When they make games pay to win i laugh and give them nothing. When the microtransactions are for cosmetic stuff i laugh and wonder what difference it makes and don't buy them. When a reward for playing is random i get bored quickly and move on. Season passes turn into game of the year later so why rush to prepay for a thing that isn't made yet when i can sit back risk free and buy the game and content at a later date when it's fully finished and the price is vastly reduced?

Xprimentyl:

runic knight:

Phoenixmgs:

Loot boxes will never be considered gambling unless you're going to make a bunch of other stuff gambling too; ranging from baseball cards to the claw machine to mystery boxes at cons.

I see no problem with that. Forcing people selling you stuff to actually tell you what you are buying seems like it would be a good thing. All are a form of gambling, so treating them as such (especially with regard to how they can market and who can gamble based on age) seems like something beneficial to consumers overall. Blindbags and other such lootboxes are designed to milk people for money after all by making the things more often sought far less likely, so you buy more. The entire system is inherently predatory and anticonsumer.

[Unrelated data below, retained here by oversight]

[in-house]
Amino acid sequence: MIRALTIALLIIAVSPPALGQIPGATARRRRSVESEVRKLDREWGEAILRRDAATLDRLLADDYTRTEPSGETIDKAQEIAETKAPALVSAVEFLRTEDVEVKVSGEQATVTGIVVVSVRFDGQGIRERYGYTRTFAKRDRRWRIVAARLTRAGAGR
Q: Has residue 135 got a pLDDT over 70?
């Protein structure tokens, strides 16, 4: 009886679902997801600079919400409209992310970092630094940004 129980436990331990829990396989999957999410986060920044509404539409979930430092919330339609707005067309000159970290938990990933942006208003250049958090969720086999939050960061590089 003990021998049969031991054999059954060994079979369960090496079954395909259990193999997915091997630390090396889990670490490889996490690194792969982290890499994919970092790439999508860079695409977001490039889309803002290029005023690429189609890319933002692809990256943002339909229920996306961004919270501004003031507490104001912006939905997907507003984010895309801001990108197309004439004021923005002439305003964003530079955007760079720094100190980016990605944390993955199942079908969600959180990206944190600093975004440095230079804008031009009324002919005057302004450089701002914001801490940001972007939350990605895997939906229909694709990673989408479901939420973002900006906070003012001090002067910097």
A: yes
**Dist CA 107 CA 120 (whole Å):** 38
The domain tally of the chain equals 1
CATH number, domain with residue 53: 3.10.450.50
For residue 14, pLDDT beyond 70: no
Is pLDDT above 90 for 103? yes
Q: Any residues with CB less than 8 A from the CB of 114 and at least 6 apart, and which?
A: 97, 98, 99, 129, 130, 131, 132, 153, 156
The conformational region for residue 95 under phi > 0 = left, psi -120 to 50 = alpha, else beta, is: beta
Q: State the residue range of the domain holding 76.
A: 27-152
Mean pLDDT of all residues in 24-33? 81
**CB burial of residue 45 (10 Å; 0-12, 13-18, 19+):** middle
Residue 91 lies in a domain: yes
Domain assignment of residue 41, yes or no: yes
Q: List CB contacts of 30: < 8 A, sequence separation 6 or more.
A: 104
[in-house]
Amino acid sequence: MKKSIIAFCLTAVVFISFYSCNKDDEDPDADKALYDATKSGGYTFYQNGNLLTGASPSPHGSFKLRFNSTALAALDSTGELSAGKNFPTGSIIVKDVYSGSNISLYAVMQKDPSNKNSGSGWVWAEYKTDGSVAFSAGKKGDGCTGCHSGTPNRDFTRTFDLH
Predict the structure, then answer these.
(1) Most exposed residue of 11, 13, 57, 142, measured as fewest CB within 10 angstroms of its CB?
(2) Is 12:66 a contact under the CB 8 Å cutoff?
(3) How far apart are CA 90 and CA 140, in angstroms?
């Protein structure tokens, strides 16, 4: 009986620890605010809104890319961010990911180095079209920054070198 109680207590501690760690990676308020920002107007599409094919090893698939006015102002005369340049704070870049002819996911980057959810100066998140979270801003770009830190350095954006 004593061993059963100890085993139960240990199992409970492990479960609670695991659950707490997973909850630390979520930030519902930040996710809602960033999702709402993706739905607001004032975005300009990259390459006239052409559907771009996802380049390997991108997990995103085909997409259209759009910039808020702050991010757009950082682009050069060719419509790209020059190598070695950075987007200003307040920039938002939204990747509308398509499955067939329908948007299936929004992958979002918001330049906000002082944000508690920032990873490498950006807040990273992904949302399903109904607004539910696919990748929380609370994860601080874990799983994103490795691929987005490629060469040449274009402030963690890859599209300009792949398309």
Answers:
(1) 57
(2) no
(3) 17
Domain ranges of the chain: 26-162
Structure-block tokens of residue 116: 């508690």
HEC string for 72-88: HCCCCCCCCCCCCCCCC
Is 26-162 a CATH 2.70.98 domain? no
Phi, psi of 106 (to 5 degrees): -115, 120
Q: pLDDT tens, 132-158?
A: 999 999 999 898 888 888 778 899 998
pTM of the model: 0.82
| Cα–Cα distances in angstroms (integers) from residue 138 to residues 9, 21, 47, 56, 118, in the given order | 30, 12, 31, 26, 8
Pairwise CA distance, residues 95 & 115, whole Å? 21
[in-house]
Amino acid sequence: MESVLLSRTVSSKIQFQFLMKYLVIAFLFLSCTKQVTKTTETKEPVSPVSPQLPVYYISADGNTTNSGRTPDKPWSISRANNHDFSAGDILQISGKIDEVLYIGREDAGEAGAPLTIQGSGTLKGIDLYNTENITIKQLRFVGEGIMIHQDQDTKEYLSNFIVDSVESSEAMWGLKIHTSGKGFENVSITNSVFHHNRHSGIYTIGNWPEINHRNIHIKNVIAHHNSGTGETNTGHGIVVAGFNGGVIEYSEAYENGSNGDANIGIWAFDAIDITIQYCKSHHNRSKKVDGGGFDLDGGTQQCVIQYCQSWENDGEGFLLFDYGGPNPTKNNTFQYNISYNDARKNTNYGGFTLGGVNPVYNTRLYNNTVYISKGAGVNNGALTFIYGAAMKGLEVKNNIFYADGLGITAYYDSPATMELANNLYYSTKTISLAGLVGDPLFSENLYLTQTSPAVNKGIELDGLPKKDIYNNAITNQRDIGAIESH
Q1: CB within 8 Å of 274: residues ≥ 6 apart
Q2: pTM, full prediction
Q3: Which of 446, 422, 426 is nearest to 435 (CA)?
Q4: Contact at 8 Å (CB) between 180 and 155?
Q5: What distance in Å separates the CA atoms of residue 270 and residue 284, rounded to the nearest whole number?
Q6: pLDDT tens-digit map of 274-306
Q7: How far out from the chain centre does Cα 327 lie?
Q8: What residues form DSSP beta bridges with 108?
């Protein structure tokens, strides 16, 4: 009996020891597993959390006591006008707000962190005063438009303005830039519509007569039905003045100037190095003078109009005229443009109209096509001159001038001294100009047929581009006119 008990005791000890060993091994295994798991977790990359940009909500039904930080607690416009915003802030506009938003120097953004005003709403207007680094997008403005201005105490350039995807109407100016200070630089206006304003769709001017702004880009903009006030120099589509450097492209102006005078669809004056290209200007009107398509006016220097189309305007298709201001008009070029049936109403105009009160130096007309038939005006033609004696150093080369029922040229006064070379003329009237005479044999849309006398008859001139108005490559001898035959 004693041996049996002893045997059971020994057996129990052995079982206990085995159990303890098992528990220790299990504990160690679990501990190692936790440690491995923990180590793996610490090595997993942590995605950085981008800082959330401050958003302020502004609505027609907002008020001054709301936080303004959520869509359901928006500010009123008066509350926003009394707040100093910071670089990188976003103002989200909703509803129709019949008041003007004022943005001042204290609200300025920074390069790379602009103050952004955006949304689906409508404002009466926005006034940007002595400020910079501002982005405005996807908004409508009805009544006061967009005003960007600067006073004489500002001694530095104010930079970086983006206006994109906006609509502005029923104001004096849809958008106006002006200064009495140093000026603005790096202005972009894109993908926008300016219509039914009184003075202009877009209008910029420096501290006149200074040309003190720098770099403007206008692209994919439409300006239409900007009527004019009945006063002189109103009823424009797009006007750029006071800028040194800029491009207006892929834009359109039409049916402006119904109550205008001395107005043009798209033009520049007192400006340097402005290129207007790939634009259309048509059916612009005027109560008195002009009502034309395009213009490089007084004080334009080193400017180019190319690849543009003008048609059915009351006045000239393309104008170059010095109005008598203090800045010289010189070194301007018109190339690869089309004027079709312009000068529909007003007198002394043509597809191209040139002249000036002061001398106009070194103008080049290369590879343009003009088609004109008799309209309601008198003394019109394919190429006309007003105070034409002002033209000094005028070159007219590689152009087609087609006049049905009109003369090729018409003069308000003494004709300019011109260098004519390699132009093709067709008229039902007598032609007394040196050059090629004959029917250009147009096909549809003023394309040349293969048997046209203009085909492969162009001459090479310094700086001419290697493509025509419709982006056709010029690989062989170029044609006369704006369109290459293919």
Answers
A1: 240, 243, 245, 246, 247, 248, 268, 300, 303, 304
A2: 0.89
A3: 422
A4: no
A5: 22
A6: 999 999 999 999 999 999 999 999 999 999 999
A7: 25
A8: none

Claw machines are an exception though, as that is not a matter of luck or the purchase being unaware what you get. You see clearly what you can get, it is merely a matter of skill to get it.

Lootboxes are actually WORSE than gambling. At a poker table, I KNOW the amount I?m risking in the pot, but I also KNOW exactly what I stand to win with my risk. Lootboxes are risking real money while having no idea what you stand to ?win.? Of course, you might know what you may win (and more sinisterly, you probably hope to win something specific which is what the lootbox mechanic preys upon,) but you never KNOW what you?re buying.